At the peak of its popularity, the Metal Gear franchise could comfortably stand toe-to-toe with any other IP. Metal Gear Solid‘s 1998 release planted the Metal Gear series firmly in the spotlight, and its sequels proved it was every bit as popular as anything else on the market. The franchise’s age means a whole generation didn’t get to experience the first three Metal Gear Solid titles, which makes them perfect candidates for the remake treatment as remakes and remasters pop up all over the industry.

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The 2014 release of Metal Gear Solid 5: The Phantom Pain marked the final chapter for creator Hideo Kojima’s involvement in the franchise. Alleged creative differences with Konami led to Kojima going his own way to create Death Stranding, with more unnamed projects on the horizon. Many feel Kojima personifies Metal Gear, and the series’ future without him is uncertain. This throws any possibility of the games getting remakes into doubt, but for such an important franchise that would be a wasted opportunity.

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The Metal Gear franchise introduced a variety of themes and concepts that have been borrowed numerous times over the years. Despite the first installment debuting in 1987 for the MSX, and the NES shortly thereafter, it was 1998’s Metal Gear Solid for the PlayStation that really put this franchise on the map. Introducing stealth mechanics that hadn’t been centered in a video game before, alongside a sweeping and complex narrative with fully fleshed-out characters, the scale of Metal Gear Solid was difficult to comprehend at the time.

Players control Solid Snake, a skilled soldier who is tasked with infiltrating a nuclear weapons facility and neutralizing terrorist threat FOXHOUND. The game featured a full cast of voice actors, and David Hayter’s portrayal of Snake was particularly renowned. The game was a success with both fans and critics, and is generally considered to be one of the most important video games ever made.

The sequel, Metal Gear Solid 2: Sons of Liberty, followed three years later on the PlayStation 2. Despite being one of the most anticipated video games of all time, it completely subverted expectations by thrusting a new protagonist, Raiden, into the spotlight, leaving Snake in a supporting role. Sons of Liberty also has some polarizing issues woven into its narrative, leaving people arguing at the time that its plot was too complex to follow.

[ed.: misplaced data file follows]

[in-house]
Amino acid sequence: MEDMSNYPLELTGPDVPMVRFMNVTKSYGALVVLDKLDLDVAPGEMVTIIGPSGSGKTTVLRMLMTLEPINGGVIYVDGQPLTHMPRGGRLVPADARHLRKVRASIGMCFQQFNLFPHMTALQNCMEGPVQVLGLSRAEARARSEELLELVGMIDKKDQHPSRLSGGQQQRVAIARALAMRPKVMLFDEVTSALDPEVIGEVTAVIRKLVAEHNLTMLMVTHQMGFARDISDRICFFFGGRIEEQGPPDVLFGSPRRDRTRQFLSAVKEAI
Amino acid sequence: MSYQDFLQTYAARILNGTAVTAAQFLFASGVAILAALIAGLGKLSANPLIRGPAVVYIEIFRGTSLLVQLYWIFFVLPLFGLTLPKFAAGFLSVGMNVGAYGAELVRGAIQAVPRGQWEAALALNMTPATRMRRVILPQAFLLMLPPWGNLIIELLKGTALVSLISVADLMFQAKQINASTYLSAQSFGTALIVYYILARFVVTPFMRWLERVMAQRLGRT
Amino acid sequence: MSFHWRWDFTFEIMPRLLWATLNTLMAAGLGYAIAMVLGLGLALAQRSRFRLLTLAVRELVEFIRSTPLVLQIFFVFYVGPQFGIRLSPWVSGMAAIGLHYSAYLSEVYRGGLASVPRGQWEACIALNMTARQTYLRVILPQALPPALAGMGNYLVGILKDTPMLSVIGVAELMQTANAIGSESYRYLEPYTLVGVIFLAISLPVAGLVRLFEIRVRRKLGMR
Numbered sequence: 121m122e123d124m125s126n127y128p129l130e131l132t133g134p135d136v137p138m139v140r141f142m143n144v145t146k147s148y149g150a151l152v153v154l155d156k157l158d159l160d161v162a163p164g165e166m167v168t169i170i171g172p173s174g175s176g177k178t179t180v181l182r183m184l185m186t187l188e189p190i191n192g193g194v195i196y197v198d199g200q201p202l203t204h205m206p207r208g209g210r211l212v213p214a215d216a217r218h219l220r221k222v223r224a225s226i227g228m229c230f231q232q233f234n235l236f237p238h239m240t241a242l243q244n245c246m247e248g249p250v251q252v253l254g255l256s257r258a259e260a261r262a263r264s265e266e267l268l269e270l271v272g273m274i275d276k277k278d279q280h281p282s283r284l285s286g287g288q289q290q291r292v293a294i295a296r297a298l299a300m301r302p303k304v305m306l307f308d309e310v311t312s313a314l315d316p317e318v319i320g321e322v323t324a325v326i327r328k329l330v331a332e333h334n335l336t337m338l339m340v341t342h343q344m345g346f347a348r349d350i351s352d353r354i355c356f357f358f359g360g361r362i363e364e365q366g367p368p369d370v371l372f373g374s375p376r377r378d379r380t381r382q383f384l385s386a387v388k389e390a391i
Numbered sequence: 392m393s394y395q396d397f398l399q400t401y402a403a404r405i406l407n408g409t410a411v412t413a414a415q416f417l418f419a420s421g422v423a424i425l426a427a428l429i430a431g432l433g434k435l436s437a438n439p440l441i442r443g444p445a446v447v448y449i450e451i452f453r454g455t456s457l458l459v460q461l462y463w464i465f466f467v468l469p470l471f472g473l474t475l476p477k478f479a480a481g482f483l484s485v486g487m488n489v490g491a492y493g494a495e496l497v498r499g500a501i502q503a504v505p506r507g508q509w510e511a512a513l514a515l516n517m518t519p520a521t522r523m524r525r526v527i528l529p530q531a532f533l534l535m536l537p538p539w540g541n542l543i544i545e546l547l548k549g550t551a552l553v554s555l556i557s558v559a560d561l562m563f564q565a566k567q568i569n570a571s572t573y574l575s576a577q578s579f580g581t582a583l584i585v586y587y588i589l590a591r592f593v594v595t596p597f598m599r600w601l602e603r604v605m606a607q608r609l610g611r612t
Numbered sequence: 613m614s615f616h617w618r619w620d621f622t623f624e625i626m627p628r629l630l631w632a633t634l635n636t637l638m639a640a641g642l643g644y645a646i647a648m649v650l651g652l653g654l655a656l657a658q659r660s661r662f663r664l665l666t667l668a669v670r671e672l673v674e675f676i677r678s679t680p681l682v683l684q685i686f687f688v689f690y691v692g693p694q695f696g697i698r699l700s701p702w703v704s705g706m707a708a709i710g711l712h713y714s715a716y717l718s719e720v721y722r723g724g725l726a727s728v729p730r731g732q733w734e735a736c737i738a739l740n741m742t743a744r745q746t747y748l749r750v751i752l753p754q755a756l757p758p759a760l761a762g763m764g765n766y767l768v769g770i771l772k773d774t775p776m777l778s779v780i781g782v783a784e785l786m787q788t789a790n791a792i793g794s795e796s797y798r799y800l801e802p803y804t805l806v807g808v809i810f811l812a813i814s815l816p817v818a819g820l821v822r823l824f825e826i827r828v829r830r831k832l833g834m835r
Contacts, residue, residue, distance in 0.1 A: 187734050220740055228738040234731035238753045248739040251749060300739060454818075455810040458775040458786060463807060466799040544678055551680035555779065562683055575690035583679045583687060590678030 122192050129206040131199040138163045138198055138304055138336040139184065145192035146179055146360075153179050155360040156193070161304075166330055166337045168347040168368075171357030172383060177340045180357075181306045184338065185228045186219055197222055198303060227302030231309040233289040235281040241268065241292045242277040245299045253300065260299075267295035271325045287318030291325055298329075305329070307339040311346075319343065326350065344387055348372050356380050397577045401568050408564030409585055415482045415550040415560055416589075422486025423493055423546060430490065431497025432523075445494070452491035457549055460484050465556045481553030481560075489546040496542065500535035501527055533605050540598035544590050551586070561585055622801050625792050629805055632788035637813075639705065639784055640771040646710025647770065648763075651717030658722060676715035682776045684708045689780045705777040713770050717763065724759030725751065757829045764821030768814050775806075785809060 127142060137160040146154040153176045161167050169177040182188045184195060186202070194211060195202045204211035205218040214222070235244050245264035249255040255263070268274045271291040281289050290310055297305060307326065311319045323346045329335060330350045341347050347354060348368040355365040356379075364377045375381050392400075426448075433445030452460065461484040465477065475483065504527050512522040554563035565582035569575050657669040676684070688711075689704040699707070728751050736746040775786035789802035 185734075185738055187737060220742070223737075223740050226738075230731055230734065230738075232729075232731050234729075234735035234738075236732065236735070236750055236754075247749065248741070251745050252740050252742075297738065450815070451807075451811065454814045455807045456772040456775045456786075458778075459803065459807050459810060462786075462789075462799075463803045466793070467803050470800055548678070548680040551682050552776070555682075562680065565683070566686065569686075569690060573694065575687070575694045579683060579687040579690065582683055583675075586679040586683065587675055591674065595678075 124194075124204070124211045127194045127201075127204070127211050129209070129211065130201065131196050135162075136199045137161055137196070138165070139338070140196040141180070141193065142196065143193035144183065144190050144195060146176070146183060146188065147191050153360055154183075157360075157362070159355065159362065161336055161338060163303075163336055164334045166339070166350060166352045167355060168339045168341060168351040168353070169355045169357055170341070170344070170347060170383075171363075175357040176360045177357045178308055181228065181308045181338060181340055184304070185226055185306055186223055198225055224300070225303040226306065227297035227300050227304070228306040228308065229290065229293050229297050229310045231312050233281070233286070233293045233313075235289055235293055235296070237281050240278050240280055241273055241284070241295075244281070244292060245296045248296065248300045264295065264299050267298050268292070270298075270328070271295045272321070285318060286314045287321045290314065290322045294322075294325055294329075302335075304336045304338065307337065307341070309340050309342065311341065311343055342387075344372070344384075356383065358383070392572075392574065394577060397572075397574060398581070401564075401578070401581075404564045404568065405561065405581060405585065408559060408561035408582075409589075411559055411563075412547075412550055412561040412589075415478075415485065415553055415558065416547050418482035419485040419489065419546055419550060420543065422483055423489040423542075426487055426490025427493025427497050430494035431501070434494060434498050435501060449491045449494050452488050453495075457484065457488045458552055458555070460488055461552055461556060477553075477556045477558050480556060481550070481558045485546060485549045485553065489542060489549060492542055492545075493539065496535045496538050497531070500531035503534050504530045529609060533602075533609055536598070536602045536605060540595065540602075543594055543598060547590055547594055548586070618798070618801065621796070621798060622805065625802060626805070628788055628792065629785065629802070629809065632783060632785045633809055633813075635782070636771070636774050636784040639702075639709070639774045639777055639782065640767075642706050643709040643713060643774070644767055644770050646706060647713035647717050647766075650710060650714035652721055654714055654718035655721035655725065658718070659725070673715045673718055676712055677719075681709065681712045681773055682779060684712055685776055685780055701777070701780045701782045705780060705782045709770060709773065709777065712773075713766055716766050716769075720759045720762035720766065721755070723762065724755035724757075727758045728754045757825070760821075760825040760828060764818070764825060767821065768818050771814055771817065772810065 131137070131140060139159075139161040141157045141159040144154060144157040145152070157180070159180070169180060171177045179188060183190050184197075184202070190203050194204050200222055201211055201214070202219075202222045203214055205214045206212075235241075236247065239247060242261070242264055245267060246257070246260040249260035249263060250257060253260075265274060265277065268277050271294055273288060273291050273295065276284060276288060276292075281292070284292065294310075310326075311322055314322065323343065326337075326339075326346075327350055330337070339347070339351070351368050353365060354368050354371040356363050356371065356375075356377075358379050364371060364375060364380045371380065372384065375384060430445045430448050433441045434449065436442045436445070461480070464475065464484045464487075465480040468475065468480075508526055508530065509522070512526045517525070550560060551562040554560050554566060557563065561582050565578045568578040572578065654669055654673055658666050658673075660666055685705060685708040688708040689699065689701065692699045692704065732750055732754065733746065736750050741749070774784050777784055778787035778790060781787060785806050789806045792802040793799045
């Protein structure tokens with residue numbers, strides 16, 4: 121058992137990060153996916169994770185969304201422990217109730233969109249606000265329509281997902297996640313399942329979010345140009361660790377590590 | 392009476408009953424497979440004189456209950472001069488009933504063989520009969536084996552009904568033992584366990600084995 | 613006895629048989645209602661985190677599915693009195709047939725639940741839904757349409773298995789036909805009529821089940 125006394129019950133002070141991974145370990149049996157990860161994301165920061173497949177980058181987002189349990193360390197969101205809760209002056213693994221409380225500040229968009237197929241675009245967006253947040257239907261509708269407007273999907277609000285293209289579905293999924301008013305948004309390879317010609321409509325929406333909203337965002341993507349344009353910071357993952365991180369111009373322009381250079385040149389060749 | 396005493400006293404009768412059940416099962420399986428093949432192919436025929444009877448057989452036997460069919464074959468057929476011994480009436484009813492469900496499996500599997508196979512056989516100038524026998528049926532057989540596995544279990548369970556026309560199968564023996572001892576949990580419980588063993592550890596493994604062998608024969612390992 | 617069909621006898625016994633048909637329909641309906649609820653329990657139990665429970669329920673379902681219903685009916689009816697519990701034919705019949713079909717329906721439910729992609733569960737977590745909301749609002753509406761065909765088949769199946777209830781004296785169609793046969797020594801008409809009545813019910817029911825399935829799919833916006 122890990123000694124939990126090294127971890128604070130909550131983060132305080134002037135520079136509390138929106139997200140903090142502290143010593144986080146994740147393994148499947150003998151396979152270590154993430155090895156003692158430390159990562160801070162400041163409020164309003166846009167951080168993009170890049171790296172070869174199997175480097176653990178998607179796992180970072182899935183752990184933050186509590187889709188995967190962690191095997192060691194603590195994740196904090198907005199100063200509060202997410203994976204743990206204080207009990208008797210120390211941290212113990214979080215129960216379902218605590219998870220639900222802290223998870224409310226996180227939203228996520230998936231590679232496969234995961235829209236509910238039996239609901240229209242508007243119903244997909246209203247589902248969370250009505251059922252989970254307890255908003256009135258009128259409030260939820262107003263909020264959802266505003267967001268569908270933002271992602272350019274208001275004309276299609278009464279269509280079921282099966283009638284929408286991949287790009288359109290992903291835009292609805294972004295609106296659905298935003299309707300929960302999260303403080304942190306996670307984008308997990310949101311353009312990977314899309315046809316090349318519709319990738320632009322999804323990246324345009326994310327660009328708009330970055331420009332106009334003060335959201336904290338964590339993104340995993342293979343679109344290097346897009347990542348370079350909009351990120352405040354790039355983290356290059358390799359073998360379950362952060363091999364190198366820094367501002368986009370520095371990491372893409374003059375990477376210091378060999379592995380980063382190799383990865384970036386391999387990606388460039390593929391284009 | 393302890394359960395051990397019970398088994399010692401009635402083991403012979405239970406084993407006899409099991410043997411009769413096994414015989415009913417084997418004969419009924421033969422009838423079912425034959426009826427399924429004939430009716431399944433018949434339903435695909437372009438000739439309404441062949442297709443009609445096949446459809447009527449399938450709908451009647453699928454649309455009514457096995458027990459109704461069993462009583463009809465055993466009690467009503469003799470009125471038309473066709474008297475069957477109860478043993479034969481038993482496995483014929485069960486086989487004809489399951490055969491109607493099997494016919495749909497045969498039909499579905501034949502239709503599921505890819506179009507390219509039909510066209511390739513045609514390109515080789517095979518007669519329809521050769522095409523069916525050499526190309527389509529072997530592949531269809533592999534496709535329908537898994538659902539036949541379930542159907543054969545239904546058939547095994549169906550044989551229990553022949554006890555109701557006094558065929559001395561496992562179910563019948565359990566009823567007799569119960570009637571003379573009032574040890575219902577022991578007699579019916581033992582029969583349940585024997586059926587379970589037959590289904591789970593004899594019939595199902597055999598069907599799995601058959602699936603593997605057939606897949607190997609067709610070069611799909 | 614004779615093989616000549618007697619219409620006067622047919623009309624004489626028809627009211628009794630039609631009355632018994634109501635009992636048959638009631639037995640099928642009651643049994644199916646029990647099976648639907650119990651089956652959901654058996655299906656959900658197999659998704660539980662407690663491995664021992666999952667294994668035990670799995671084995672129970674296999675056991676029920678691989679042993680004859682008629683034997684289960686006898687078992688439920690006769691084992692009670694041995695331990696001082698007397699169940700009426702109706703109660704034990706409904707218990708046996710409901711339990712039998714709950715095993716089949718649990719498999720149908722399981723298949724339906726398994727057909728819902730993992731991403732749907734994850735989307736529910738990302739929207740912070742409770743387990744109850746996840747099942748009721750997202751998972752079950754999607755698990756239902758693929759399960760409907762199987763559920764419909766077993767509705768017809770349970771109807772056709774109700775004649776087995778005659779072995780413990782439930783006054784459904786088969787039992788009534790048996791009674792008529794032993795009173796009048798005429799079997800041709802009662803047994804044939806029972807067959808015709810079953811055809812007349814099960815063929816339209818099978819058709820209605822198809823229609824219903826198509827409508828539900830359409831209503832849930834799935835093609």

Despite these issues, the game was once again a success commercially, and received glowing reviews for its realism, attention to detail, and iconic musical score. The game’s attempts at tackling complex issues have been viewed as a fine example of artistic expression in the industry, and in many ways Metal Gear Solid 2 is timeless. Raiden’s mission to eliminate a terrorist threat from an offshore cleanup facility known as Big Shell is gripping, and fans who initially had reservations about playing as the new protagonist quickly became caught up in the game’s ambiance.

Metal Gear Solid 3: Snake Eater followed in 2004. Serving as a prequel over 30 years before Metal Gear Solid, the game starred Naked Snake in a rural, jungle setting that emphasized new camouflage mechanics. Building on the foundations of its predecessors, many saw Metal Gear Solid 3 as the finest iteration of the series, with improved mechanics and an engaging plot serving as proof that Kojima was at the very top of his game.

The Metal Gear series is iconic for many reasons, among which is its gallery of villains that usually lead to unique, thrilling boss fights. Snake Eater epitomizes this, featuring some of the best boss fights in the Metal Gear series, including an iconic game of cat and mouse with sniper rifles against The End.

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All of these Metal Gear Solid titles stand among the best PlayStation games ever made, but their age means several aspects haven’t held up particularly well. The visuals, particularly in the first game, are in need of an upgrade, and given the power of the current console generation’s hardware, this should be a manageable task. Certain gameplay mechanics have also aged poorly, with Snake’s movement feeling stiff and cumbersome throughout the trilogy, so an overhaul could bring them in-line with today’s expectations.

The fifth game in the series, The Phantom Pain, featured some of the most robust gameplay in the entire series. It was praised for its open-ended approach to missions and the freedom it gives players. Although not a great deal would need to be changed, especially regarding the original trilogy’s plot, it’s easy to see some of these modern mechanics being used as the blueprint for new versions of the first three installments.

Metal Gear Solid is still a heavyweight IP, although its future is uncertain thanks to Kojima and Konami going their separate ways. Barring a 2018 spin-off called Metal Gear Survive, which bares little resemblance to its predecessors, there have been no new games since Kojima’s departure, and Metal Gear Solid 6 is likely to never happen. Rumors of remakes or remasters have been swirling for a while now, but nothing concrete has been announced yet. Remaking the iconic Metal Gear trilogy would allow a whole new generation to experience three of the most intense, engaging, and genre-defining titles ever made, so the opportunity shouldn’t be overlooked.

MORE: 9 Biggest Metal Gear Retcons

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